An external insulation contract in Preston, run under a government energy saving scheme five years ago went horribly wrong. Up to 390 homes were affected with water penetration, mould and damp.
Four years on the problems, some of them severe, have only been rectified for some of the affected households. Occupants, many elderly and on low incomes, have in some cases reportedly been forced to pay for repairs themselves.
Although the story was well-known to many directly involved with retrofit policy-making, the story had hardly been told outside those circles, but with the help of Preston Council and some of the other people involved, I wrote an article for Passive House Plus, which also features a number of Preston Council’s photographs showing just how extensive the damage was to some of the affected homes. It can be read here: Disastrous Preston retrofit scheme remains unresolved
I did get to visit the area after that article was published, and have since given a couple of talks on what I saw. You can view/download the slides to the one given at an event in April 2018 (organised by Community Energy England and Carbon Co-op): Lessons from Preston – when retrofit goes wrong
This document was written in response to a NICE (National Institute for Health and Care Excellence) 2014 consultation on producing guidelines for health authorities on tackling excess winter deaths and illnesses. It was written (mainly) by me, on behalf of the AECB, teaming up with Severn Wye Energy Agency and the STBA (Sustainable Traditional Buildings Alliance) – who also contributed information.
While at the time of this consultation the deleterious impact of cold living conditions on health were well known – prompting the consultation – poor indoor air quality was less discussed.
Yet of course, air quality can be very poor in cold homes: people will block out any draughts they can – including the intended fresh air supply from a ventilation fan or vent – especially if they are in fuel poverty. This only increases the risk of condensation and mould – already high in a dwelling with cold, uninsulated surfaces. And more and more evidence is piling up of just how bad mould in particular is for people’s health and wellbeing. Continue reading →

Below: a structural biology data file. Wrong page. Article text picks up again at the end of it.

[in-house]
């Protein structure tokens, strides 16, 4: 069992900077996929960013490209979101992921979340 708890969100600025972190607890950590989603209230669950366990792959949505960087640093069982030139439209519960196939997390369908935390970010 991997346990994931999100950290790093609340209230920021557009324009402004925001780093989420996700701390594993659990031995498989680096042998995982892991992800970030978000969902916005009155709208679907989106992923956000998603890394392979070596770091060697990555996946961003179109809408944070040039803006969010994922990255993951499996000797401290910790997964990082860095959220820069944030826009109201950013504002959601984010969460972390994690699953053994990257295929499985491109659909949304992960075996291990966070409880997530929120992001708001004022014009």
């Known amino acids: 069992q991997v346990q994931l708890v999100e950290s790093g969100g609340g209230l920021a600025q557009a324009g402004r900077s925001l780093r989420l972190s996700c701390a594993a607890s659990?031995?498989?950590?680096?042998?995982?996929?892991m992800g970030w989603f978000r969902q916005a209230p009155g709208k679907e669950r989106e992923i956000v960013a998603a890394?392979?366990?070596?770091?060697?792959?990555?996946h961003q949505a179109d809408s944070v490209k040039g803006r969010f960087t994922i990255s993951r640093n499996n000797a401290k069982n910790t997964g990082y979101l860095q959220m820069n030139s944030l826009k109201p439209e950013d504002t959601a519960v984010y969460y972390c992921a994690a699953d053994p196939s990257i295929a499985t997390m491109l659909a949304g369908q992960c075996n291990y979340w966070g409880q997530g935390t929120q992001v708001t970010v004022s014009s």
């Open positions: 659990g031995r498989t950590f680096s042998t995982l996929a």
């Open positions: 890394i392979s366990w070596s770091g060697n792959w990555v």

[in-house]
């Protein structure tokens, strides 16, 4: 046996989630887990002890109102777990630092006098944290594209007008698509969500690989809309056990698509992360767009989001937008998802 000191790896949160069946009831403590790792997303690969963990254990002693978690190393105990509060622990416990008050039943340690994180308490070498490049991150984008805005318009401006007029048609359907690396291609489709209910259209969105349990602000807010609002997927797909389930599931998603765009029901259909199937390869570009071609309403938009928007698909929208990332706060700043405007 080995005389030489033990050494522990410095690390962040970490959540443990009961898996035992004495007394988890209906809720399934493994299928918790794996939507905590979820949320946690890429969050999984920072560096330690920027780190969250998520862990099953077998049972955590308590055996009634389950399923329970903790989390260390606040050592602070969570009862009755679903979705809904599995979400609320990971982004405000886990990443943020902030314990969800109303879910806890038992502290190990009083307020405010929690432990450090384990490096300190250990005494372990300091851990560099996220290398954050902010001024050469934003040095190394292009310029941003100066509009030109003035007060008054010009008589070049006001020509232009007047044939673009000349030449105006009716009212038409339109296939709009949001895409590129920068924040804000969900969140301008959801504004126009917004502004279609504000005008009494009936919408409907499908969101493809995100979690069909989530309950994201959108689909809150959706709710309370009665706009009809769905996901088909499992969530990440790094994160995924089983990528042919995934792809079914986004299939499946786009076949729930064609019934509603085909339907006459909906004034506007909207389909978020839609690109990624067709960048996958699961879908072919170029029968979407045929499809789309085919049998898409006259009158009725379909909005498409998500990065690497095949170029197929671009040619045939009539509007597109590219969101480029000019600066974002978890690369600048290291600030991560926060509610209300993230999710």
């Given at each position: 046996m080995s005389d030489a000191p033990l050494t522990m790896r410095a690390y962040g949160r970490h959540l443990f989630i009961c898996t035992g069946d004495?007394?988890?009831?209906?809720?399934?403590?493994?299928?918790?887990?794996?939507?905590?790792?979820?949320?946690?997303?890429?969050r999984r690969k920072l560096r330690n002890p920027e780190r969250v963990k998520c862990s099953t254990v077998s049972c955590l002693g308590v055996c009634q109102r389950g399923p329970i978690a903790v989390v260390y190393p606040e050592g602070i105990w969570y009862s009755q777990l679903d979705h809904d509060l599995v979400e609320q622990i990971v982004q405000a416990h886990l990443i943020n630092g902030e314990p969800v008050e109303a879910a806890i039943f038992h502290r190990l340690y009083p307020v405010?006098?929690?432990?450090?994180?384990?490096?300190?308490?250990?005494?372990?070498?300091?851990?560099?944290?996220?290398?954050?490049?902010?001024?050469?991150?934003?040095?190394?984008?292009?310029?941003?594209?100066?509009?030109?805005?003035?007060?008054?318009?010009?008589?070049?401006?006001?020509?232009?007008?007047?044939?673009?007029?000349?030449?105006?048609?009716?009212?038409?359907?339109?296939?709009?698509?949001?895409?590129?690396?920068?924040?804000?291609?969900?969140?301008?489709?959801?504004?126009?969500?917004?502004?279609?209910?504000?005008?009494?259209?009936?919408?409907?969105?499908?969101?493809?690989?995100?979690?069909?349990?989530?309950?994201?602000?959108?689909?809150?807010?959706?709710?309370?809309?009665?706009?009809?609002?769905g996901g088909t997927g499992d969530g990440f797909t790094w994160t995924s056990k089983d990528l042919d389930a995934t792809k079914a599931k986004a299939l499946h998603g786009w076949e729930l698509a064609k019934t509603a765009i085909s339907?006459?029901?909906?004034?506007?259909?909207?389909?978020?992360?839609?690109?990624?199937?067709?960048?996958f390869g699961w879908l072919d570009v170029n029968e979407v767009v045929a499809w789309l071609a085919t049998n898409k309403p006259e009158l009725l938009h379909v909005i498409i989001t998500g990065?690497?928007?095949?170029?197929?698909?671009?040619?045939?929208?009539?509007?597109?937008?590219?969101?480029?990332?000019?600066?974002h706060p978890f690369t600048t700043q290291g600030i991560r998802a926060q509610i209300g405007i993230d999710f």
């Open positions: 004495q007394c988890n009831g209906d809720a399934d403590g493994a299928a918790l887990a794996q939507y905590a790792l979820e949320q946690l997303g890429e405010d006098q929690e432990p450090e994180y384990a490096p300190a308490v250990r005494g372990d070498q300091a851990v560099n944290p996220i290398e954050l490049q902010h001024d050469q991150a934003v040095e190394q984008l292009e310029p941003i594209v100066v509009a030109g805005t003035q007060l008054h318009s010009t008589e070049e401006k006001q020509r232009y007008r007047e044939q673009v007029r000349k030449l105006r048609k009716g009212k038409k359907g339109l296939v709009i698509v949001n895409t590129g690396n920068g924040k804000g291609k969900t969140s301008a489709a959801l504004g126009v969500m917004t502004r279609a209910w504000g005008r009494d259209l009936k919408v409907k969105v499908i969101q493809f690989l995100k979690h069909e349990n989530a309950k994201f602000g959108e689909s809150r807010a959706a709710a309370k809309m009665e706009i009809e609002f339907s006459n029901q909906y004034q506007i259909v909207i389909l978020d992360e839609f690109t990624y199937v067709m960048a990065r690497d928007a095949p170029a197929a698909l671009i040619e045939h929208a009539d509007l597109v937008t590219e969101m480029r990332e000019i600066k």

A well-designed and well-executed retrofit will not only save energy, it should offer a more comfortable, healthier indoor environment, and protect the building fabric as well. However, there have been a number of warnings about what might go wrong – sometimes, even suggestions that in some instances retrofit measures should not be undertaken at all.
Are these warnings justified? What might go wrong? What is the evidence in practice? In this article, first published in Green Building in 2015, I look at some of the concerns, examine the reasons behind them, and suggest ways to protect building and occupants so retrofit really delivers.
Simple home energy efficiency improvements (such as new boilers, cavity wall insulation etc) can bring valuable comfort and health benefits to the occupants of inefficient homes – especially those in fuel poverty – as the last article revealed (see here). However, energy, carbon and bill savings tend to be modest, rarely topping 15% or 20% – and sometimes energy use actually increases!
If housing is to contribute its share of the 80% cuts in carbon emissions this country is committed to, in order to play is part in tackling climate change, retrofits will need to go deeper – a lot deeper. But will occupants benefit from the extra work? And is it affordable?
In the first part of this article we looked at the damage fuel poverty and cold homes do to occupants’ health, and found good evidence that when these twin evils were tackled, occupants could enjoy measurable improvements in their health. Encouragingly, some local health bodies are recognising this and investing in home retrofit to help improve people’s health.
Fuel poverty causes misery and ill-health – and alleviating fuel poverty by retrofitting homes could potentially offer valuable savings to the health services. However, different approaches to retrofit are likely to have different impacts on health.
The first in this two-part series, published in Green Building in December 2014, looks at how cold, damp homes can harm people’s heath, and at the evidence to date that retrofit can improve matters. It also explores some pioneering efforts by concerned health organisations to tackle the ill health of their vulnerable patients where it starts – by fixing their cold homes.
The second part, due to be published in Spring 2015, will look a little more closely at different retrofit strategies, and the risks and benefits to occupants – and to the buildings themselves.